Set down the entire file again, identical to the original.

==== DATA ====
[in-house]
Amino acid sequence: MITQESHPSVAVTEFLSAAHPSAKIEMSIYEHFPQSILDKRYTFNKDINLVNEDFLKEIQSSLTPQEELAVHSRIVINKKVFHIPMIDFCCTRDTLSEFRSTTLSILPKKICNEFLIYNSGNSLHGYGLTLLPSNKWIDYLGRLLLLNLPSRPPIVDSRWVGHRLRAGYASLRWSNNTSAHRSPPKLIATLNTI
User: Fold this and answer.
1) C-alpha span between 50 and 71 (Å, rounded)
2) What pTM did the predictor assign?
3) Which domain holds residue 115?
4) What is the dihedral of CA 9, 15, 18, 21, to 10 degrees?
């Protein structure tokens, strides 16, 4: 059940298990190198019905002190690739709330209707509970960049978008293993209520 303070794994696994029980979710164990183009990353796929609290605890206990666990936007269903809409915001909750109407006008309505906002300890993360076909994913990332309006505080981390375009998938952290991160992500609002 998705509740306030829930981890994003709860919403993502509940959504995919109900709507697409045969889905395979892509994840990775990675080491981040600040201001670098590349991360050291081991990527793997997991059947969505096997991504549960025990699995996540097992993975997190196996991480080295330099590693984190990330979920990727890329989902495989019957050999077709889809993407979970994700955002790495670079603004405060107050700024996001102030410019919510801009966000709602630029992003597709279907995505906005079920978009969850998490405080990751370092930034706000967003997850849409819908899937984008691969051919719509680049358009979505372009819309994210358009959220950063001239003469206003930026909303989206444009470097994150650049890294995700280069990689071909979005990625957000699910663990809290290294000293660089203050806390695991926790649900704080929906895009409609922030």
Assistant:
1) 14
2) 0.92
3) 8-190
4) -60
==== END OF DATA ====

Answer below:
[in-house]
Amino acid sequence: MITQESHPSVAVTEFLSAAHPSAKIEMSIYEHFPQSILDKRYTFNKDINLVNEDFLKEIQSSLTPQEELAVHSRIVINKKVFHIPMIDFCCTRDTLSEFRSTTLSILPKKICNEFLIYNSGNSLHGYGLTLLPSNKWIDYLGRLLLLNLPSRPPIVDSRWVGHRLRAGYASLRWSNNTSAHRSPPKLIATLNTI
User: Fold this and answer.
1) C-alpha span between 50 and 71 (Å, rounded)
2) What pTM did the predictor assign?
3) Which domain holds residue 115?
4) What is the dihedral of CA 9, 15, 18, 21, to 10 degrees?
């Protein structure tokens, strides 16, 4: 059940298990190198019905002190690739709330209707509970960049978008293993209520 303070794994696994029980979710164990183009990353796929609290605890206990666990936007269903809409915001909750109407006008309505906002300890993360076909994913990332309006505080981390375009998938952290991160992500609002 998705509740306030829930981890994003709860919403993502509940959504995919109900709507697409045969889905395979892509994840990775990675080491981040600040201001670098590349991360050291081991990527793997997991059947969505096997991504549960025990699995996540097992993975997190196996991480080295330099590693984190990330979920990727890329989902495989019957050999077709889809993407979970994700955002790495670079603004405060107050700024996001102030410019919510801009966000709602630029992003597709279907995505906005079920978009969850998490405080990751370092930034706000967003997850849409819908899937984008691969051919719509680049358009979505372009819309994210358009959220950063001239003469206003930026909303989206444009470097994150650049890294995700280069990689071909979005990625957000699910663990809290290294000293660089203050806390695991926790649900704080929906895009409609922030």
Assistant:
1) 14
2) 0.92
3) 8-190
4) -60